Its a solid safe for the money. There are those on the internet that make it seem like anything less than a $5,000 safe is a waste of money. No safe will keep out a determined thief with infinite time on his hands, but this will certain keep out the riff-raff looking for an easy score.
DIY Improvements: The safe is small enough that you can put it in places like a closet that make it harder for a thief to use a crowbar for leverage or have room to swing an axe. In between the safe and the wall, I also filled the gap with cement board, which will improve the fire rating. With correct placement and a little DIY, you can reduce the threat from thieves and fires.
Construction: I wish the had stated thicknesses in the description. Id have to re-measure to confirm, but I believe the front door plate is about 1/5 inch thick and the sides are either 12 or 13 gauge steel. The combination dial works well and smoothly. Door opens smoothly. The dimensions are accurate i.e., it is 21.00 wide, not 21 1/4 and the depth includes the handle.
Space: It is a billed as a 12-gun safe, and like every safe, that means it could hold 12 Crickett youth rifles or 12 breakaway .410 shotguns. In reality, itll depends on which guns you have. I could see being able to store 9 guns, where 3 of them have optics.
Shelves: It comes with a rubber floor mat and two adjustable shelves. Shelf height in the attached photo allows for rifles with up to 24 barrels. The shelves are easily adjustable with the clips.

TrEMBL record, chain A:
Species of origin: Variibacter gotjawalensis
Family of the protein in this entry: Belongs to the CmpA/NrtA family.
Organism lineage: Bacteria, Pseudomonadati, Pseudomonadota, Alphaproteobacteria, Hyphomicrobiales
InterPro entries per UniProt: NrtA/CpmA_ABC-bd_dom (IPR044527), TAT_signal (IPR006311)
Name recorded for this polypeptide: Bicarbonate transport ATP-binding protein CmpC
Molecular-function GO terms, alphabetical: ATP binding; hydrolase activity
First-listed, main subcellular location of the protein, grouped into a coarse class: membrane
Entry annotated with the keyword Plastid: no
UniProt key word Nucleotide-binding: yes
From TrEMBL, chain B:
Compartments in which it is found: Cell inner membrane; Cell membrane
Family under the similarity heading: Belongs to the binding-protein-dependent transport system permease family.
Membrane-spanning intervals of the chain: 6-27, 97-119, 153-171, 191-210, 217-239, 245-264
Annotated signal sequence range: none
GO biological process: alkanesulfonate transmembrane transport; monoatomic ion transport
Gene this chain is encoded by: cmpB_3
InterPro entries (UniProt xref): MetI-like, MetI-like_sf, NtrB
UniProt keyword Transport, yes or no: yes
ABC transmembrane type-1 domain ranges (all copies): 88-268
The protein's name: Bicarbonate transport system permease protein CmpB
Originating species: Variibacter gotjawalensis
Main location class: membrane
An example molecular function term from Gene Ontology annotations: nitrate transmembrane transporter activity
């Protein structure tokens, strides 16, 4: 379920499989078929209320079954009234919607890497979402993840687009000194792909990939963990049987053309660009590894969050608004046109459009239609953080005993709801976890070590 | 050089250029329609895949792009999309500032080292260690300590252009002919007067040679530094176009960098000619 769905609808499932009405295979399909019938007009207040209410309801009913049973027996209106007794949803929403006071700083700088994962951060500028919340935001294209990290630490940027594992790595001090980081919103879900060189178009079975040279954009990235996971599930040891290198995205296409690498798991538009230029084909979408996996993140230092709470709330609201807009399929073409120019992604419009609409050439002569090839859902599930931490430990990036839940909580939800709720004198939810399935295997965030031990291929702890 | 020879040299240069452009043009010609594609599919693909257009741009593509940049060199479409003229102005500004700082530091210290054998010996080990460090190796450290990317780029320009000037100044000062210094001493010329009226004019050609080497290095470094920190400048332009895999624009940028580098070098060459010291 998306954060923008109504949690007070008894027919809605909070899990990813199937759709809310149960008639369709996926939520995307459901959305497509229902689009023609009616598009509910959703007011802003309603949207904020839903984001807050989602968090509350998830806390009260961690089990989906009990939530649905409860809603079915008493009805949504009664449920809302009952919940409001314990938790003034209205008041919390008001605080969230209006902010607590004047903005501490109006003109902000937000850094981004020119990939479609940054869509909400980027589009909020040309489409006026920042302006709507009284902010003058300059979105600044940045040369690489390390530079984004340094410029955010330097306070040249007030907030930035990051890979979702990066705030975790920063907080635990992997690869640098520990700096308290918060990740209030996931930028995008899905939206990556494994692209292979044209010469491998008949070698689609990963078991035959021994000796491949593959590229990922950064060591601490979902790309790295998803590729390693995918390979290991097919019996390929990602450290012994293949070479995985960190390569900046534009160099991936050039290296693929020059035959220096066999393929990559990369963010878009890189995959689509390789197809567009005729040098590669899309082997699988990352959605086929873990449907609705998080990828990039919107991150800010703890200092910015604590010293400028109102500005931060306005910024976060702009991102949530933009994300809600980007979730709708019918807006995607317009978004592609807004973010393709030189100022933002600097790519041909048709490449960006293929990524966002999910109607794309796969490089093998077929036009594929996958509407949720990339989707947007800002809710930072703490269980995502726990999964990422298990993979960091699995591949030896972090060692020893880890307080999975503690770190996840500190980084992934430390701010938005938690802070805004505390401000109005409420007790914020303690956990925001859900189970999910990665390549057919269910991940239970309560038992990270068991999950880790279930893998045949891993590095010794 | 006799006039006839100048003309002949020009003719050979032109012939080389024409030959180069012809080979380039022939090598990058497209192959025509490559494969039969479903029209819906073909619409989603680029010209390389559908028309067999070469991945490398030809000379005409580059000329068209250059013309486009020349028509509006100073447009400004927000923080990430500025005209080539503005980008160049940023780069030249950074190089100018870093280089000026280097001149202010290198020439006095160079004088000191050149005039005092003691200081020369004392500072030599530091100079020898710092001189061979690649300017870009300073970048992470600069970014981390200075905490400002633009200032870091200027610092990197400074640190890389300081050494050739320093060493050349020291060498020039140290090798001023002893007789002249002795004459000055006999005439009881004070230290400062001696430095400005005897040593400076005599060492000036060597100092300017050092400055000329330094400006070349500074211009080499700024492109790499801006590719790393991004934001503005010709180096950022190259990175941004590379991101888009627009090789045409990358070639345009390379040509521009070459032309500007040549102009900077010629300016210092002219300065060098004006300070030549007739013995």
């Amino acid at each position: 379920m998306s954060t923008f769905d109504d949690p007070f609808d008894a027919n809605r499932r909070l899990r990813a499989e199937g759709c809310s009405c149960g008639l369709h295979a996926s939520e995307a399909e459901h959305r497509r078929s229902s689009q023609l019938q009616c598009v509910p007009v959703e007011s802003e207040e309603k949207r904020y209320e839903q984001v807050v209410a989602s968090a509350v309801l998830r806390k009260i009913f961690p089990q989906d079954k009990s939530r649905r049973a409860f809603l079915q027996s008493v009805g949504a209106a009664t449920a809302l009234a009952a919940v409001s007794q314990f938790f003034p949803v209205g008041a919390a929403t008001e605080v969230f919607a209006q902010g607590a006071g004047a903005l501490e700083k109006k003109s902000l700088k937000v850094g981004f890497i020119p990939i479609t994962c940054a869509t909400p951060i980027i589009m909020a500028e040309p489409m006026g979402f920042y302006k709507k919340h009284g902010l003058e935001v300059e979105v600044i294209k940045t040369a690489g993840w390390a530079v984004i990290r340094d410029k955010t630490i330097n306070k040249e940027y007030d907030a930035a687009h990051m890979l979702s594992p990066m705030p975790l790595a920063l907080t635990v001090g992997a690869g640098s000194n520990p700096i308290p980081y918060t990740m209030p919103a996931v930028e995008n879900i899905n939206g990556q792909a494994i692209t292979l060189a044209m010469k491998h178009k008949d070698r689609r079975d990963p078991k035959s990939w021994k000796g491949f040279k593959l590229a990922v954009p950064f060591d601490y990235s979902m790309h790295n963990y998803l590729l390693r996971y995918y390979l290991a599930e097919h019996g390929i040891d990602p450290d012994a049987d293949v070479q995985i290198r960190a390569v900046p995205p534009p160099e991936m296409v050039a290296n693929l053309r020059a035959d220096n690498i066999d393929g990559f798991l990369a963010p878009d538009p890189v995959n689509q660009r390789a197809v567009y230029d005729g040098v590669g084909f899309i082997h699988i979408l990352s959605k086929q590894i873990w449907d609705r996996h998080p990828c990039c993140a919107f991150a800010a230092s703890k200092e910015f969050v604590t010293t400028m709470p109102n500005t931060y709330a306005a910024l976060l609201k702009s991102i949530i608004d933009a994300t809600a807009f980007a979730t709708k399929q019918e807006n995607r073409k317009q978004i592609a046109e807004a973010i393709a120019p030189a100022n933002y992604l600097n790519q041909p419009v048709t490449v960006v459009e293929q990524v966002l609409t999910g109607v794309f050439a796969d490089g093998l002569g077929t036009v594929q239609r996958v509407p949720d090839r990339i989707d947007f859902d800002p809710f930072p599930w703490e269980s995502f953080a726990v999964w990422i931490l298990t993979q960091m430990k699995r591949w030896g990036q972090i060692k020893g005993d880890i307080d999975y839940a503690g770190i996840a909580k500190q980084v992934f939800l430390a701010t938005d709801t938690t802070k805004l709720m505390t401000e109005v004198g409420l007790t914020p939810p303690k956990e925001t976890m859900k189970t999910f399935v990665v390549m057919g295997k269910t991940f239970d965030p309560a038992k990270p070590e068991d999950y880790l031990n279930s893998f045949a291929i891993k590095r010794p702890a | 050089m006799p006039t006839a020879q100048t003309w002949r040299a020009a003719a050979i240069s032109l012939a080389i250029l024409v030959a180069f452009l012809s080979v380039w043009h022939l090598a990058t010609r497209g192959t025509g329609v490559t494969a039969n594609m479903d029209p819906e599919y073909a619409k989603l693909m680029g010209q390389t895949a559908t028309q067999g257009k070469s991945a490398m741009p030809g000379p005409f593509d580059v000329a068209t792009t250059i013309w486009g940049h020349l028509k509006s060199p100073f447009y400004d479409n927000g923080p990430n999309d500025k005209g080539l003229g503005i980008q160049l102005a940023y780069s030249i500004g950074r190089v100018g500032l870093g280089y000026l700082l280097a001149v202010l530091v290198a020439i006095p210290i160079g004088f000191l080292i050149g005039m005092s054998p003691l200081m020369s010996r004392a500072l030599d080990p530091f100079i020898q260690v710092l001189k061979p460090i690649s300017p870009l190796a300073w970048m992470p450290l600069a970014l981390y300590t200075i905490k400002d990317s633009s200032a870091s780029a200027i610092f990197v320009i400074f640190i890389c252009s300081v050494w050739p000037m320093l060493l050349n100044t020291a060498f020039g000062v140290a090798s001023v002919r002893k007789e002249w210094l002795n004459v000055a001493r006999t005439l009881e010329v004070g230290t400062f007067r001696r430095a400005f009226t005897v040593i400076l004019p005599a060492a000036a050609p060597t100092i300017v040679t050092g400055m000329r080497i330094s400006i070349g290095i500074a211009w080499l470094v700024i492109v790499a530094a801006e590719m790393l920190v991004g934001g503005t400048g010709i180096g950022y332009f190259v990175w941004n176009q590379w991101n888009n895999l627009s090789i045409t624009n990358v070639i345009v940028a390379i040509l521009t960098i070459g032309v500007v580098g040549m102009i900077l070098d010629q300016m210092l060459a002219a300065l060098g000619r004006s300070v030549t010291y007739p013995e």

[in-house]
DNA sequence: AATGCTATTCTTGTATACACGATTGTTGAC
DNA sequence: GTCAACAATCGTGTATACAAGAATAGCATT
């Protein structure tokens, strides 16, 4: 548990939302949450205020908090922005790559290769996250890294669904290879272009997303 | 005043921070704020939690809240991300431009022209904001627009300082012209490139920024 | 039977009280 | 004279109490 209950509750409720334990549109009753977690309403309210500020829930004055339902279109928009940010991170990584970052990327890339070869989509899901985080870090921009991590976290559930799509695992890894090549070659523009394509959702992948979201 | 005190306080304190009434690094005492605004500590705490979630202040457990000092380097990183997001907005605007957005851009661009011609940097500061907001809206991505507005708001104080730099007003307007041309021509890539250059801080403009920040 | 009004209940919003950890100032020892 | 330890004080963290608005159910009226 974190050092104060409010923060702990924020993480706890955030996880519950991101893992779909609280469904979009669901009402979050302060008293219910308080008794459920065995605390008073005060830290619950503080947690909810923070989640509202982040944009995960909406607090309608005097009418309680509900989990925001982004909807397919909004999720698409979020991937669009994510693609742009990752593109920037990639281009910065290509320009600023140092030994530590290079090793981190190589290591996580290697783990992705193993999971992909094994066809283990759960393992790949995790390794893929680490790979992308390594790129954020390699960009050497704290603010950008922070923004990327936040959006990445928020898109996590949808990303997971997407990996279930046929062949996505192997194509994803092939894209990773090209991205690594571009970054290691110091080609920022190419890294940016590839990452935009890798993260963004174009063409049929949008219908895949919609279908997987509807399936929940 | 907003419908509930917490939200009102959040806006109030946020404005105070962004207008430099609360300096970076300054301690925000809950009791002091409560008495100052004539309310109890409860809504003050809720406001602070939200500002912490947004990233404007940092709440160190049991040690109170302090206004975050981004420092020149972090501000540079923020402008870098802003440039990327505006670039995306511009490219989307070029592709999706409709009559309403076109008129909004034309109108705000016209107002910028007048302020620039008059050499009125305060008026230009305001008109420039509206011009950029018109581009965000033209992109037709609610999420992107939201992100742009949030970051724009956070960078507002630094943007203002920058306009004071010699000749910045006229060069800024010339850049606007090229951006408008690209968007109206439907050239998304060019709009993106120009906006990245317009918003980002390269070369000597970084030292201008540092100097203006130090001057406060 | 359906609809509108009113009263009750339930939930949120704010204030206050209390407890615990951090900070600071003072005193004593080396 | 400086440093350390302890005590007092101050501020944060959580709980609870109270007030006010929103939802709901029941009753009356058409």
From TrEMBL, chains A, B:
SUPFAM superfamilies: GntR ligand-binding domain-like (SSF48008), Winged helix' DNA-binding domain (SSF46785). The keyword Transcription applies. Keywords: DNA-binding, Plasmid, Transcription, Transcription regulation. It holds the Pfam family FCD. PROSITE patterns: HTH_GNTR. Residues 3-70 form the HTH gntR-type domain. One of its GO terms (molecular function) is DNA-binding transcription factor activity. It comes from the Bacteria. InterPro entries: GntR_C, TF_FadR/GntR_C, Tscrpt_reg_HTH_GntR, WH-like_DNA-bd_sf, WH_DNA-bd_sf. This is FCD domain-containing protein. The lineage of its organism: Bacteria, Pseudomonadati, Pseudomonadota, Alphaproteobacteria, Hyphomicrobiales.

Moving Around: It is quite heavy, but manageable. The delivery guy helped me in the front door with it. By myself, I was able to get it off the pallet. I put some self adhesive felt furniture pads underneath it, which allowed me to easily slide it around.
Mounting: There are two floor mounting holes and two rear mounting holes. The holes in the back are not in the middle of the safe, but on the sides one is on the near the top and the other is near the bottom. The holes are 5/8 wide. It came with two 3/8, 3 lag screws and two drywall anchors. These are useful for the rear holes if you are not lined up into a stud. There are some who dont like mounting to a wall in addition to the floor, but everyone says mounting to the floor is the most important. I went out and got two concrete anchors. Move it into place before drilling. Drilling into concrete is tough work so make sure you have a hammer drill. If you have a post-tension concrete slab, dont drill into it.
Basis for Star Rating: I wouldnt give a $500 safe a one-star rating because it isnt as hefty as a $5,000 safe. Thats silly. Overall, I am pleased with the safe. The only thing I didnt like was that the holes in the fire protectant material was off-center from the holes in the steel.
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